Serbian police have urged people to lock up their guns after a 13-year-old boy used his father’s weapons in a shooting rampage that killed eight fellow students and a school guard.
Thousands of people in Belgrade and other cities lined up to lay flowers, light candles and leave toys to commemorate the victims of the shooting that happened in a central district in the Serbian capital on Wednesday morning.
Police said the teenager had planned the attack for a month, drew sketches of classrooms and made lists of children he planned to kill. The boy took two guns from his father’s safe and had visited shooting ranges with him, police said.
Serbia is awash with weapons left over from the wars of the 1990s but mass shootings have been extremely rare – this is the first school shooting in Serbia’s modern history.
The shooting on Wednesday morning in Vladislav Ribnikar primary school also left six children and a teacher in hospital.
One girl who was shot in the head remains in a life-threatening condition, and a boy is in a serious condition with spinal injuries, doctors said on Thursday morning.
To help people cope with the tragedy, authorities announced a helpline and hundreds answered a call to donate blood for the victims.
Serbian teachers’ unions announced protests to demand changes and warn about a crisis in the school system. Hundreds of students and their parents protested in front of the education ministry, demanding resignations.
The killer, whom the police identified as Kosta Kecmanovic, has not given any motive for his actions.
Upon entering his school, Kecmanovic first killed the guard and three students in the hallway. He then went to the history classroom where he shot the teacher before turning his gun on the students.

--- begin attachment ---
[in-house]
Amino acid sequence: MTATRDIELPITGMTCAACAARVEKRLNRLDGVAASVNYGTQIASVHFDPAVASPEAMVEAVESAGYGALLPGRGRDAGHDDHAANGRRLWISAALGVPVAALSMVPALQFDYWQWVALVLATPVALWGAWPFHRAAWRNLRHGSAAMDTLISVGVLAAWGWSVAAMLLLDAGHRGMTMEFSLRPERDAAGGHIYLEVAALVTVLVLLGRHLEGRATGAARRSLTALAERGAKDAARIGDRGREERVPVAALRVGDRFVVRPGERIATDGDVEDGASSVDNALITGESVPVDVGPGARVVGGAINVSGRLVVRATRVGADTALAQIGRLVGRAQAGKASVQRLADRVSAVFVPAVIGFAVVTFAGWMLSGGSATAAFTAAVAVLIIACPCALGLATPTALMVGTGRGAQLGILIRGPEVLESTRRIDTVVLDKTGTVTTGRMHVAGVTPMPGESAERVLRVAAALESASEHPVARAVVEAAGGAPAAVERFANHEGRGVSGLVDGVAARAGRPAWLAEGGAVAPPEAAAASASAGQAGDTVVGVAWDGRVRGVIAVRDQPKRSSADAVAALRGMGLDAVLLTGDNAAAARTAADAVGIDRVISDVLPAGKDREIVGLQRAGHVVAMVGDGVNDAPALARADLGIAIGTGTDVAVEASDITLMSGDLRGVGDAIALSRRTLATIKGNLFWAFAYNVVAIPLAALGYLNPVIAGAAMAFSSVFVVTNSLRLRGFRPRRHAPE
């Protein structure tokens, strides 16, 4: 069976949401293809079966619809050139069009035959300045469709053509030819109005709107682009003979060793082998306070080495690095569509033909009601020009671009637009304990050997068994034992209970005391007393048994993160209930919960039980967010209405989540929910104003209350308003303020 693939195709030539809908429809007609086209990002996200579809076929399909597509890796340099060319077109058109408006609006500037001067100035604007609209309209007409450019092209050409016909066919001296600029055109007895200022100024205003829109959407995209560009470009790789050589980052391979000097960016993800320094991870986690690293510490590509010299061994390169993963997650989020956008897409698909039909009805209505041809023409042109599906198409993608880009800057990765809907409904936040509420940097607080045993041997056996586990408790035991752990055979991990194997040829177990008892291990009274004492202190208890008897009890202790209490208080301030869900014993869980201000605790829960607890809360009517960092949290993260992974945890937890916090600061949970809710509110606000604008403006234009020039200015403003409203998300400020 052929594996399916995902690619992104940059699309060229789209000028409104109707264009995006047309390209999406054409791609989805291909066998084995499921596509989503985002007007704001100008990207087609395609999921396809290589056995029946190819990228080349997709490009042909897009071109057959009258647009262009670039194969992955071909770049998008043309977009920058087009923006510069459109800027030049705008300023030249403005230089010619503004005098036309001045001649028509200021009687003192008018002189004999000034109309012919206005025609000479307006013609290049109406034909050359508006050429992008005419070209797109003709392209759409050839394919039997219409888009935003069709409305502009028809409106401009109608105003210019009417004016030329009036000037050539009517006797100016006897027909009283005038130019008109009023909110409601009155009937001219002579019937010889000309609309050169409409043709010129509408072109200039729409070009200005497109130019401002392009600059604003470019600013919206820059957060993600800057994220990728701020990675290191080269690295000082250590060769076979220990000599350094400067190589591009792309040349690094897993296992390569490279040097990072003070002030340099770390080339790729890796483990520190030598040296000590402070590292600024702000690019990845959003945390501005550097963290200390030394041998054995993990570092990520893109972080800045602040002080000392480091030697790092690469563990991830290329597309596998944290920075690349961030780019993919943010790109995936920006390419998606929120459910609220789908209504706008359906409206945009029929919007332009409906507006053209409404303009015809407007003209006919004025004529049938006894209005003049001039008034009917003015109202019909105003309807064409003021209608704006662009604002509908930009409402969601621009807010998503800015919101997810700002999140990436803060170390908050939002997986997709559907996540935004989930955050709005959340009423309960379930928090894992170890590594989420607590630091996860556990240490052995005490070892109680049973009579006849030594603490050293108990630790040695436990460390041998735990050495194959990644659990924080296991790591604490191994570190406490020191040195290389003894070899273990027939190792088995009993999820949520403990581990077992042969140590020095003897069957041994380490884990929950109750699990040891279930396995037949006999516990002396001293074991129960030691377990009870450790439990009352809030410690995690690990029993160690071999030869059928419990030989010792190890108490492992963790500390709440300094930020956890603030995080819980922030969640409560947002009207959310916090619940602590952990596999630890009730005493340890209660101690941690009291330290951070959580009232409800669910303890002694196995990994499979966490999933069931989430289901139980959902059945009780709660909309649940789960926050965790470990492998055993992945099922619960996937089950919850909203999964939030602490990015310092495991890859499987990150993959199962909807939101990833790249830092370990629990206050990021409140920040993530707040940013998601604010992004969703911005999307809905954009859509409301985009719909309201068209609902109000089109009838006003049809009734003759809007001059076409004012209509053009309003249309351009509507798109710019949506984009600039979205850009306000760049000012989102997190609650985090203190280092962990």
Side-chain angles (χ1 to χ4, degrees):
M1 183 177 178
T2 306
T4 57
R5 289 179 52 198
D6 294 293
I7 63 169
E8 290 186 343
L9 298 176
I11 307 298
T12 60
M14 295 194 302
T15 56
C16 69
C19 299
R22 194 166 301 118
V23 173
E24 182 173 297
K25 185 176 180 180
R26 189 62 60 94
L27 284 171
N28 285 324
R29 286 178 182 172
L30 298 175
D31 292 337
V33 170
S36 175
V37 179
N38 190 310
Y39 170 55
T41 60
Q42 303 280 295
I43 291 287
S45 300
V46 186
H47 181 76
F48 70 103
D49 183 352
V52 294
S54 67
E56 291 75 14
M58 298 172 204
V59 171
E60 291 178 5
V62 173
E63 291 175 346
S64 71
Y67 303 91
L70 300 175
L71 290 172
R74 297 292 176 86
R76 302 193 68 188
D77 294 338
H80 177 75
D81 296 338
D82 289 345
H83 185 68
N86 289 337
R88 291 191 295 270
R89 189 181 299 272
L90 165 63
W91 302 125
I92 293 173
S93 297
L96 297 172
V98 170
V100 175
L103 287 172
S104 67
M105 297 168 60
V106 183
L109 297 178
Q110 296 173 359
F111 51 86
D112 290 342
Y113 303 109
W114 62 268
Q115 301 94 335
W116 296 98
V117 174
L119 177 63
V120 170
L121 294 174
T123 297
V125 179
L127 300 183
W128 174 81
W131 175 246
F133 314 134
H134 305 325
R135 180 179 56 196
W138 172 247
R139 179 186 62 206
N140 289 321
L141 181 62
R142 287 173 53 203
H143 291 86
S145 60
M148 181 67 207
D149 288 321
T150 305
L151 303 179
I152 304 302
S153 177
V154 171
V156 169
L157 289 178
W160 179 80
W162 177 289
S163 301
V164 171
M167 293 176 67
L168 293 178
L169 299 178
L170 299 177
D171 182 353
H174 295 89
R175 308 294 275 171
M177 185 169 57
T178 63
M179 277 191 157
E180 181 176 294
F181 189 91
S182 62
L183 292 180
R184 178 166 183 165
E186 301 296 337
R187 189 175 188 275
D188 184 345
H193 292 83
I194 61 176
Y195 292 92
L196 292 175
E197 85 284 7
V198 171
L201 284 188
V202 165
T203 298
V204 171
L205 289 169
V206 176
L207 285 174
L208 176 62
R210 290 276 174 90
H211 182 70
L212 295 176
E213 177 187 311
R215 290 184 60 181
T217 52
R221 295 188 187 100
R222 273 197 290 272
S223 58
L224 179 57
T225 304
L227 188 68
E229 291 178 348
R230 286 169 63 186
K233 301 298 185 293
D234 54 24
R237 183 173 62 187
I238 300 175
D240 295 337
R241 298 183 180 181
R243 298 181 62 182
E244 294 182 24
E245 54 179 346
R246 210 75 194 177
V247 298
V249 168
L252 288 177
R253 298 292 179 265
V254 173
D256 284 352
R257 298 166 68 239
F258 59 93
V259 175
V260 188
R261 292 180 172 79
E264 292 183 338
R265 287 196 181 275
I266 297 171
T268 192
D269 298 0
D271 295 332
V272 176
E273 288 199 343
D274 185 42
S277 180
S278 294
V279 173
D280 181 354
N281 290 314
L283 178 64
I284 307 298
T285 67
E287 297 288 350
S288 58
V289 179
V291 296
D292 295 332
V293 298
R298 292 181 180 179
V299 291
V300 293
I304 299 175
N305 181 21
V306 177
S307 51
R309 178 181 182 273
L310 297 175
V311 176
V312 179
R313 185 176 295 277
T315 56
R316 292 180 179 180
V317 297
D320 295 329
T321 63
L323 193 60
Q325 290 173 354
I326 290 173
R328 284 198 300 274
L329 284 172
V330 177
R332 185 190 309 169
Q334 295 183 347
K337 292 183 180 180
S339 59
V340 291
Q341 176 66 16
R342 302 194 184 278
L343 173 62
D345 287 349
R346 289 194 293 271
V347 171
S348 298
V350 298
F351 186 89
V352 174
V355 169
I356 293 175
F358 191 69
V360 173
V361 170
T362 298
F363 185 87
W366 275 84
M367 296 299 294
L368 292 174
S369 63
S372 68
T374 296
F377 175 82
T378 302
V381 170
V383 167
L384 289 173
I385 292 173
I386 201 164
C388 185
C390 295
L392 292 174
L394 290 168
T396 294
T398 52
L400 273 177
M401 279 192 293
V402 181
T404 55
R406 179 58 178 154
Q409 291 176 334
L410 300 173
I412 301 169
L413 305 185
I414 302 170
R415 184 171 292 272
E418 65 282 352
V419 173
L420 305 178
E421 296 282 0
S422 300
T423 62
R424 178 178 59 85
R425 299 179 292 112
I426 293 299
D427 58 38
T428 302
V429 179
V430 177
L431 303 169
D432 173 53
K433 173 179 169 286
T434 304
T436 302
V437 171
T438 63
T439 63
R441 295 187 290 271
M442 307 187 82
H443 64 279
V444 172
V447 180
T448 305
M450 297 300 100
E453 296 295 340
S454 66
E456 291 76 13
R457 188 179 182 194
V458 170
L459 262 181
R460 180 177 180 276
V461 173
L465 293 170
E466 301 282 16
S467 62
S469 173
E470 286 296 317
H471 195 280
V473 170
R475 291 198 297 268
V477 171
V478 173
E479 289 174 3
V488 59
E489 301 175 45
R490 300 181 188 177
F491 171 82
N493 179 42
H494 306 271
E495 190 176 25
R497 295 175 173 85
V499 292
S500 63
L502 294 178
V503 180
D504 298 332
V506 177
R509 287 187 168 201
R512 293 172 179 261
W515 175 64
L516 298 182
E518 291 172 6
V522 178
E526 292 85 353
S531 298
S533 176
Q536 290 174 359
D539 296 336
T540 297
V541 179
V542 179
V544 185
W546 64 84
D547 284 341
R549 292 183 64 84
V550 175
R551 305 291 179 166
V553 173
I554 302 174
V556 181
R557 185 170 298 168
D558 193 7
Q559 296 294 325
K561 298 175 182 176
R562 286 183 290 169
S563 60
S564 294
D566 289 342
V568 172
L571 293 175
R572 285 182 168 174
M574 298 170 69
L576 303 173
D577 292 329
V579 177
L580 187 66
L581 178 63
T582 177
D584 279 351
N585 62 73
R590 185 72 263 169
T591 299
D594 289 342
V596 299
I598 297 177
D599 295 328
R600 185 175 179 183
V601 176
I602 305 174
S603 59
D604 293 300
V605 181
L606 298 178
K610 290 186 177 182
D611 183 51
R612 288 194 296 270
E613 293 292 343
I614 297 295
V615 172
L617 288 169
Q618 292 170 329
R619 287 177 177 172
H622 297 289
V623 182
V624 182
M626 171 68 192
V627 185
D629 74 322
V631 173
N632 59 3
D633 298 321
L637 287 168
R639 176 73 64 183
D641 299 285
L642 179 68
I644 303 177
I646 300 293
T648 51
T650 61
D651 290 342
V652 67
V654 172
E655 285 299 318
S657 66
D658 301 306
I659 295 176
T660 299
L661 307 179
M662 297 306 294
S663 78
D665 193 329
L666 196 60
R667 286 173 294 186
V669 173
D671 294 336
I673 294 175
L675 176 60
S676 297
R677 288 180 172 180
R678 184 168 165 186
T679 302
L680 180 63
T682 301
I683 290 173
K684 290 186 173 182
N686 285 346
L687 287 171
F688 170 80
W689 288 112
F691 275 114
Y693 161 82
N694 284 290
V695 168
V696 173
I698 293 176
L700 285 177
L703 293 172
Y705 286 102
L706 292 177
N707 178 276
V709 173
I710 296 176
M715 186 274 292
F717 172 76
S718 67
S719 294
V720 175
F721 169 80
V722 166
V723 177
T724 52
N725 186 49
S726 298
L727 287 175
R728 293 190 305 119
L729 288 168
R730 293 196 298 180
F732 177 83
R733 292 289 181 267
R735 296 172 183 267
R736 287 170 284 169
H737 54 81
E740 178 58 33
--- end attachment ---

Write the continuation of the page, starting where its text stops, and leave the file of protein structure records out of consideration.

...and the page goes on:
Kecmanovic then unloaded the gun in the school yard and called the police himself, although they had already received an alert from a school official. When he called, Kecmanovic told duty officers he was a “psychopath who needs to calm down”, police said.
Those killed included seven girls, one boy and the school security guard. One of the girls was a French citizen, France’s foreign ministry said.
Guns are often fired into the air at celebrations and the cult of the warrior is part of national identity. Still, the last mass shooting was in 2013 when a war veteran killed 13 people in a central Serbian village.
While such attacks are rare, experts have repeatedly warned of the danger posed by the number of weapons in a highly divided country, where convicted war criminals are glorified and violence against minority groups often goes unpunished.
They also note that decades of instability stemming from the conflicts of the 1990s as well as ongoing economic hardship could trigger such outbursts.
“We have had too much violence for too long,” psychologist Zarko Trebjesanin told N1 television. “Children copy models. We need to eliminate negative models… and create a different system of values.”